Charting a course apart from the path of easy resistance, however, is the most remarkable element of The Muppets (2011). Writers Jason Segel and Nicholas Stoller saw fit to pack this film to the brim with bright and witty, and rippingly self-aware, writing. Very rarely does this film go more than a minute or two without a joke that will have you rolling or a self-aware stab at the film’s own plot trajectory that’s so rapid-fire that the meta never gets old. And if at any point the script isn’t downright hilarious, it’s bound to be tear-jerking or nostalgic for Muppets fans from the least caliber to the highest. The geniuses in charge of maintaining the value of the Muppets brand were sharply aware of how best to carry it into the new millenium: The appeal of a primitively-animated cast of puppets in colors of earthy brown and faded greens (totally not dressed for the times) isn’t inherent; it’s the massive, screen filling richness of each creature, it’s in the loveability and reliability of each and every one, and it’s in their capability to surprise us and make us smile at every turn.
So, from a minute-to-minute standpoint, The Muppets is guaranteed to keep you captivated and thoroughly entertained. But I have to take particular offense at the Disney’s choice of plots, and at the staleness of the movie as a whole. Of course, given how self-aware and intelligent the writing is here, the movie was going to mock itself no matter what direction its story took, but this film heads into territory that is neither particularly remarkable, nor fully appreciates the value of its timeless cast. We’ve seen Rizzo, Kermit, Beaker and the Swedish Chef in pirate tales, Christmas stories and heists, so they’ve more than proven themselves. The Muppets (2011), though, spends more time talking the talk than walking the walk. For anyone unfamiliar with the franchise, the first quarter of the film would be like listening to a giddy fanboy praising the Star Wars films rather than just simply watching them. We don’t need to hear about how great the Muppets are. We just want to watch a friggin movie with the Muppets in it.
Instead, we get something like half an hour of a film spent with a pretty boring non-Muppet puppet who wishes we was a Muppet. Why, you ask, you un-educated Muppet rube? Well, because he, like all the Muppet enthusiasts surrounding you in the theater, grew up watching the Muppets, and gosh-dang are they ever good. So the non-fans are bored rather than curious, and the fans get to agree with a boring character for far too much of the movie. This isn’t particularly enjoyable for anyone, and while it probably sounded good in concept, it’s a rather curious narrative choice. Not awful, just bland. Like Weird Al’s UHF, it’s a framework that supports a 1½ hour-plus runtime and allows for an astronomical amount of shenanigans, and it’s really hard to get particularly perturbed about it when the film mocks its own simplicity and convenience so brilliantly and continuously.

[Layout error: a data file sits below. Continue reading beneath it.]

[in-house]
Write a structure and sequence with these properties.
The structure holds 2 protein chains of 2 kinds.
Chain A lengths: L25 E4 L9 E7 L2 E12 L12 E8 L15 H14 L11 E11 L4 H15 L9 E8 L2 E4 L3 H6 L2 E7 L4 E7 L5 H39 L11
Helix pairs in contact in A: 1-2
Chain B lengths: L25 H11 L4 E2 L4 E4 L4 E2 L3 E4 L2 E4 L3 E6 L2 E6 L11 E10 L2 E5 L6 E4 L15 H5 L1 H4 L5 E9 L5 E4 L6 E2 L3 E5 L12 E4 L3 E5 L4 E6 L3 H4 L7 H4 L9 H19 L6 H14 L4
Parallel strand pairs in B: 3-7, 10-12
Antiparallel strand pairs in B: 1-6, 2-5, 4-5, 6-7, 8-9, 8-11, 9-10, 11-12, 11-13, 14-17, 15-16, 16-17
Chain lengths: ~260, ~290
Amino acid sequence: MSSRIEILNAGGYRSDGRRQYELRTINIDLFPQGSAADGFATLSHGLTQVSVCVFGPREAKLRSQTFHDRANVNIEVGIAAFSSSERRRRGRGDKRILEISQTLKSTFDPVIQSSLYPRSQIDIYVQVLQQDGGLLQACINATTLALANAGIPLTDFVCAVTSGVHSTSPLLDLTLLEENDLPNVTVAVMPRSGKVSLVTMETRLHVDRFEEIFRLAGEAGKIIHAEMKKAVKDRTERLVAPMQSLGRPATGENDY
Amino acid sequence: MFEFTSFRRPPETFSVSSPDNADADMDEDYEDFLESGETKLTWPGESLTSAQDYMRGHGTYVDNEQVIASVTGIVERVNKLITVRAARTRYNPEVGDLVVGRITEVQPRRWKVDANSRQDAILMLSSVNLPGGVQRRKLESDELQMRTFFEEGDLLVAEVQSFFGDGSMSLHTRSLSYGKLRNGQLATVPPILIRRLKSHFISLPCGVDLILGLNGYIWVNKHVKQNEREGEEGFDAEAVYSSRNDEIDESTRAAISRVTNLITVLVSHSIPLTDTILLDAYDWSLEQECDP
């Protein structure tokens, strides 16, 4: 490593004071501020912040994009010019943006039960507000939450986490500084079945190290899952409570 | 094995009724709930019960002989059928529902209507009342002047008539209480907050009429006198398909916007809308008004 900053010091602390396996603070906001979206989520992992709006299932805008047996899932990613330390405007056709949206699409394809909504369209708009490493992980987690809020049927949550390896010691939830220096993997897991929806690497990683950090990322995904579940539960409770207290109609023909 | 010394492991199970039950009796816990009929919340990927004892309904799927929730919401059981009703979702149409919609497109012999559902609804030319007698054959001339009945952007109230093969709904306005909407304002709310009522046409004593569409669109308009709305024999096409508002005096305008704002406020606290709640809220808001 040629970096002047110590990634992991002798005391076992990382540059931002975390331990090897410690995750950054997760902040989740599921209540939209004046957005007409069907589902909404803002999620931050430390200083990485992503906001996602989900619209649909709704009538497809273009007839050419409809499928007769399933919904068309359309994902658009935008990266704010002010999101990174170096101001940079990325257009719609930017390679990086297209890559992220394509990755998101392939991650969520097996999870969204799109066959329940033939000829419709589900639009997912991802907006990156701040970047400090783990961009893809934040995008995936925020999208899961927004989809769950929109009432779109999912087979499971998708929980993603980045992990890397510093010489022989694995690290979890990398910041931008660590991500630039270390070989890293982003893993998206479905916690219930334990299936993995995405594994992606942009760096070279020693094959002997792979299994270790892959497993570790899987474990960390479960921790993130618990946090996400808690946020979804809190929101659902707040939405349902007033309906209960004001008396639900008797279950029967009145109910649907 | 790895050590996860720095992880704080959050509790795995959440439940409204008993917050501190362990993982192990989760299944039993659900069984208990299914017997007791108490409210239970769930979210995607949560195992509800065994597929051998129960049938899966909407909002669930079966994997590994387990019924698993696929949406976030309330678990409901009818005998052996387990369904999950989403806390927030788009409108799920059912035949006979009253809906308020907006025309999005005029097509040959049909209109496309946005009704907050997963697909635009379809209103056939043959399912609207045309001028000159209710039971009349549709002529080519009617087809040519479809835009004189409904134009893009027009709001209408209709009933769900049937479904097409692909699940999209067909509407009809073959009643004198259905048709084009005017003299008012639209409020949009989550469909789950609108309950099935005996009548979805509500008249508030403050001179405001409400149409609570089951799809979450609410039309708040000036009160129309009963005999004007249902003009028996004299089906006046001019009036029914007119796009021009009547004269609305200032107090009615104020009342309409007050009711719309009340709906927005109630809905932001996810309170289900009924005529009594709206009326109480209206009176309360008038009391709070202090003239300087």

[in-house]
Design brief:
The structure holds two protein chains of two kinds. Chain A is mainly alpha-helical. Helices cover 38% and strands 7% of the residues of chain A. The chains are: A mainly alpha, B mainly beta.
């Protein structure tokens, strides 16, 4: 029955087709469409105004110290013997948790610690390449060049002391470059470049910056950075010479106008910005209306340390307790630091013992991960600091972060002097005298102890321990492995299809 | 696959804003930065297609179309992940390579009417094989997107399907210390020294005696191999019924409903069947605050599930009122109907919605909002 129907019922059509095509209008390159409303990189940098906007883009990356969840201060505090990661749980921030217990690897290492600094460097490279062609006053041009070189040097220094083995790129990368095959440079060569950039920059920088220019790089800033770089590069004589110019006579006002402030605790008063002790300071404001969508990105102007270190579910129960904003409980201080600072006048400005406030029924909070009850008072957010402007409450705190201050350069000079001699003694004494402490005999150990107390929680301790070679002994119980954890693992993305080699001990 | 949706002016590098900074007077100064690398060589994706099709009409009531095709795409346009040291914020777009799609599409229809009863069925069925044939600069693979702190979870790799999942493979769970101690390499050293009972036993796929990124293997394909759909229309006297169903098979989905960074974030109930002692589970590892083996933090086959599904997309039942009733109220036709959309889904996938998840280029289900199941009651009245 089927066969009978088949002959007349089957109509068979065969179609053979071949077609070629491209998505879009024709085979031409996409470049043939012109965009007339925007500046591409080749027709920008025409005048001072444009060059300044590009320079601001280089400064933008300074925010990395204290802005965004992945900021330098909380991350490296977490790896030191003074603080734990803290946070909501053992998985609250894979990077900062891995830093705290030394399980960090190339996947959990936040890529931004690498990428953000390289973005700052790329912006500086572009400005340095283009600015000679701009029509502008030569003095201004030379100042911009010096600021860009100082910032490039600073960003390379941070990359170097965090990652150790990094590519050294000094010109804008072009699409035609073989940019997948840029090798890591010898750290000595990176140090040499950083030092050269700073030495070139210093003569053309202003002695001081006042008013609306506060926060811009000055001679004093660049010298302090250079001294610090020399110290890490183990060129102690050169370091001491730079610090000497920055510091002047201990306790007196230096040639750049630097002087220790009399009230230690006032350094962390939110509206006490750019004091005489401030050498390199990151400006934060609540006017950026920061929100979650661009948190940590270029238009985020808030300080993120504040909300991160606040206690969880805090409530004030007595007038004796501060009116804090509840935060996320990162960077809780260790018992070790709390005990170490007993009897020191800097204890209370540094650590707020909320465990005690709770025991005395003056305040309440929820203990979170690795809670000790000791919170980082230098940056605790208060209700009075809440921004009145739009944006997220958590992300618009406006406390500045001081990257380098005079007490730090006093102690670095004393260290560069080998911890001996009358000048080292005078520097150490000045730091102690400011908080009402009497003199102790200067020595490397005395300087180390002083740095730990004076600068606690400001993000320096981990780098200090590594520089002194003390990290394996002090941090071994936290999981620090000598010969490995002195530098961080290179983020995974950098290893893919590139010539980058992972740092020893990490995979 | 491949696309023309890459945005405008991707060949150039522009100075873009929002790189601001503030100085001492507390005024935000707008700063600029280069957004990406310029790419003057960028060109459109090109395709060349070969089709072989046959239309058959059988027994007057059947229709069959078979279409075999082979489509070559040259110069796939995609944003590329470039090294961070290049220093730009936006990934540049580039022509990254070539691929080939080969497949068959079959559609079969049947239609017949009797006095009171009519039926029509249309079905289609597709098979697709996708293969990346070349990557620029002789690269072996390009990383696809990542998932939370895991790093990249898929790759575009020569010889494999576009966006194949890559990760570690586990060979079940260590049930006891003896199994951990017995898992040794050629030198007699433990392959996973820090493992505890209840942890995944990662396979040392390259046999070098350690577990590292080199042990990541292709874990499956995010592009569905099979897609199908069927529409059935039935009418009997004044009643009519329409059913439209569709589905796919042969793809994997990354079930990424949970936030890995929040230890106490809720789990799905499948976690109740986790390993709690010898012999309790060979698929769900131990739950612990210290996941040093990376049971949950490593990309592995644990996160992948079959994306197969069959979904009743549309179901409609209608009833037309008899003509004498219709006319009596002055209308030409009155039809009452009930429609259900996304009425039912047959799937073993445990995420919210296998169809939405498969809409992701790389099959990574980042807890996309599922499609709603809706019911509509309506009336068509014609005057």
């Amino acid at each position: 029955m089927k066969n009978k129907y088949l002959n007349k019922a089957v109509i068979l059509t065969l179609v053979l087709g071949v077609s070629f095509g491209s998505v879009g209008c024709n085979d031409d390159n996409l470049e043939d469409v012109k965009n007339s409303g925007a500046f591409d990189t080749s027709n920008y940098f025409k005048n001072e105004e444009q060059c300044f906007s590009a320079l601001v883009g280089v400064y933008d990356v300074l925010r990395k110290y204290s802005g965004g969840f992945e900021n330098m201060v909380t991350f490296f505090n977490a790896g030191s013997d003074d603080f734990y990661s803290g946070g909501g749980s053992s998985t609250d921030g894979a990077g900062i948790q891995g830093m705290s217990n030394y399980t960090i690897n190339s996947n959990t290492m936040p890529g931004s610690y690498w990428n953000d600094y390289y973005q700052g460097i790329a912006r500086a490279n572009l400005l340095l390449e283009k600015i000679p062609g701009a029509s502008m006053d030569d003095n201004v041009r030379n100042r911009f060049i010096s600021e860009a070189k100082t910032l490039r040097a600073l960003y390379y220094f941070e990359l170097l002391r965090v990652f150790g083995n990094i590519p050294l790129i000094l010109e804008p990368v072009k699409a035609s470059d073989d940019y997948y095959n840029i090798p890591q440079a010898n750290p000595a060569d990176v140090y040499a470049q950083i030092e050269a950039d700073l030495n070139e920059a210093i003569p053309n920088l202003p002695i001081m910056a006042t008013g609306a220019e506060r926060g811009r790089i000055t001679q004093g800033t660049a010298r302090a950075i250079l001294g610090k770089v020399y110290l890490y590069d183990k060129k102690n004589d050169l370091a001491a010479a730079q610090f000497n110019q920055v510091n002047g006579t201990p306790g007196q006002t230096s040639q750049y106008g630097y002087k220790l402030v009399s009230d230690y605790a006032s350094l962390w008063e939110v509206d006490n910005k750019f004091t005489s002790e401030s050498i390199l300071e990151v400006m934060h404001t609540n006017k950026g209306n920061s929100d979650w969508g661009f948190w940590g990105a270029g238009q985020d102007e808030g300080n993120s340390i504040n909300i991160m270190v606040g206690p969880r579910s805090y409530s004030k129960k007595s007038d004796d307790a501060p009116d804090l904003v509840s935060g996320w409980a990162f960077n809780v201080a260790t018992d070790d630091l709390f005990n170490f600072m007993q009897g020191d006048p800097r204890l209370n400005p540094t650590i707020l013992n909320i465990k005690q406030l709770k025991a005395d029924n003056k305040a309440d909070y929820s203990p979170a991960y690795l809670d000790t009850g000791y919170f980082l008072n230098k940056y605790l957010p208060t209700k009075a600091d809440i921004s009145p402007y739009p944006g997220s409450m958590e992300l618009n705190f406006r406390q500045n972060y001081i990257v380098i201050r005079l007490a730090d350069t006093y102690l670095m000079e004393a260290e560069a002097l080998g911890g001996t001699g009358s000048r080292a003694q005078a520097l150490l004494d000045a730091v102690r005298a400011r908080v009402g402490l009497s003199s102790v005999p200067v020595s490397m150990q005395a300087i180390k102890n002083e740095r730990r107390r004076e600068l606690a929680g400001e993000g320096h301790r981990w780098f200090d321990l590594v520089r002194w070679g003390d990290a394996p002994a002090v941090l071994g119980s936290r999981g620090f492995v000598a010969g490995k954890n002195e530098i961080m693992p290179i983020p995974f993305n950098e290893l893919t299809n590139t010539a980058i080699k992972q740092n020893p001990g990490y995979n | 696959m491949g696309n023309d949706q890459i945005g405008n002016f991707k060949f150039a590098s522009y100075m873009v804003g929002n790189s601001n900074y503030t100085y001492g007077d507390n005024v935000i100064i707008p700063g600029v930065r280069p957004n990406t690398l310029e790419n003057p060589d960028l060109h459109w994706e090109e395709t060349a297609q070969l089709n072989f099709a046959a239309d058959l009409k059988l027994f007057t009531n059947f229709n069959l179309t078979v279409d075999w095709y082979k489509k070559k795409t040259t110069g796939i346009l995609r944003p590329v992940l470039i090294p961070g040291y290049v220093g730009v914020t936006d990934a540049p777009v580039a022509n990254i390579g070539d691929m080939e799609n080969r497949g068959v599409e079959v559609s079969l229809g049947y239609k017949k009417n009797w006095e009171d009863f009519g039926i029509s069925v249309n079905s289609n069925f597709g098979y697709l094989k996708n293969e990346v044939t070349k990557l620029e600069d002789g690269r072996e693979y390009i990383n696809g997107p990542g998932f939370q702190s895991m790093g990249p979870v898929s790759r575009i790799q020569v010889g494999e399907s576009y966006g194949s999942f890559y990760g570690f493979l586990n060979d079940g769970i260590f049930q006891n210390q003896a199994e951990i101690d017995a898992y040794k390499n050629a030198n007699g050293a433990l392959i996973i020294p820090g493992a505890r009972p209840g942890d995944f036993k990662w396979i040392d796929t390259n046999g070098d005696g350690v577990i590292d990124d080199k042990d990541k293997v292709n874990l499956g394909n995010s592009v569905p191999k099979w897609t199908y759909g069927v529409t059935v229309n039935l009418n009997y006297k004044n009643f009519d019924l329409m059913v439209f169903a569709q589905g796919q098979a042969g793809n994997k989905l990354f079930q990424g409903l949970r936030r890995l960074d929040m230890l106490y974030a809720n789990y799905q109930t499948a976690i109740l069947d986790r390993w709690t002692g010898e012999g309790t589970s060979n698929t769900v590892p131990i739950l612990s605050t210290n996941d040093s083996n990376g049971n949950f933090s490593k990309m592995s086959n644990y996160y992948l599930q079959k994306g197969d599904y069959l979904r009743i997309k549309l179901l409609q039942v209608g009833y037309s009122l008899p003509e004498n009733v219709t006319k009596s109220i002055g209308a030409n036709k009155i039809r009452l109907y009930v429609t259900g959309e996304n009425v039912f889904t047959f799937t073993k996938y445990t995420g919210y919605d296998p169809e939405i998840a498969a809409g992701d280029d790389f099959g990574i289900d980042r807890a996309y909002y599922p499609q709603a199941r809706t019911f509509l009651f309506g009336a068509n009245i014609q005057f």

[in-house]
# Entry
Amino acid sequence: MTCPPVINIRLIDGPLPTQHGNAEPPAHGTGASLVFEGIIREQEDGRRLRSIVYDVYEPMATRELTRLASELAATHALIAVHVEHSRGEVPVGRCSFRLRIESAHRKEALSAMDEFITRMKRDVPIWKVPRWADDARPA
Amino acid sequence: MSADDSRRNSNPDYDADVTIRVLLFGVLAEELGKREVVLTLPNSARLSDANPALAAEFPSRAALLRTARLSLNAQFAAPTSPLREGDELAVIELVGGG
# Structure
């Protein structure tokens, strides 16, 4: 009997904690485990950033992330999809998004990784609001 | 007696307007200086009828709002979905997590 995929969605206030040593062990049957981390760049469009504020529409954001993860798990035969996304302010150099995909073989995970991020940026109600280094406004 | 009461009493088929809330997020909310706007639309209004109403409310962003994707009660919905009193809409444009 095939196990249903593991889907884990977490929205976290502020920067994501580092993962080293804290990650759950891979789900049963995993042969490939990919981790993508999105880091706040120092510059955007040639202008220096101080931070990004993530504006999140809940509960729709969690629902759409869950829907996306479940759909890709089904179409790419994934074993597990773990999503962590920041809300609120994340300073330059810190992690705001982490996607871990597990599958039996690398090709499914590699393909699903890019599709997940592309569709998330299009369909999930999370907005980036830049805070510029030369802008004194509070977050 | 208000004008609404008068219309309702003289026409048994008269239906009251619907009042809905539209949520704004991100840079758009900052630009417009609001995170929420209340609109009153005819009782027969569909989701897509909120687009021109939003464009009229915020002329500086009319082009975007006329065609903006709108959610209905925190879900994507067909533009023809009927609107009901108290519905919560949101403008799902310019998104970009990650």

Don’t get me wrong, though, The Muppets really takes the intelligent humor to the next level, and when they are on screen, you’d be hard pressed not to be belly-laughing almost non-stop. I know I did. And, as usual, celebrity pop-ins are riotous, from Mickey Rooney to Jim Krazinski, and villain Chris Cooper makes muttering “maniacal laaaaugh, maniacal laaaaugh” far funnier than most could. As a production, the film is simple and un-ambitious, maintaining its single-minded focus on making sure you are laughing your head off at any given point in time, rather than distracting you with fancy special effects and elaborate cinematography. It’s a shame they did distract from the gold-mine of a cast with the coal-pit of a plot, but assuming you can get past that (and you definitely will), you couldn’t do better than The Muppets for simple good time at the theater this holiday season.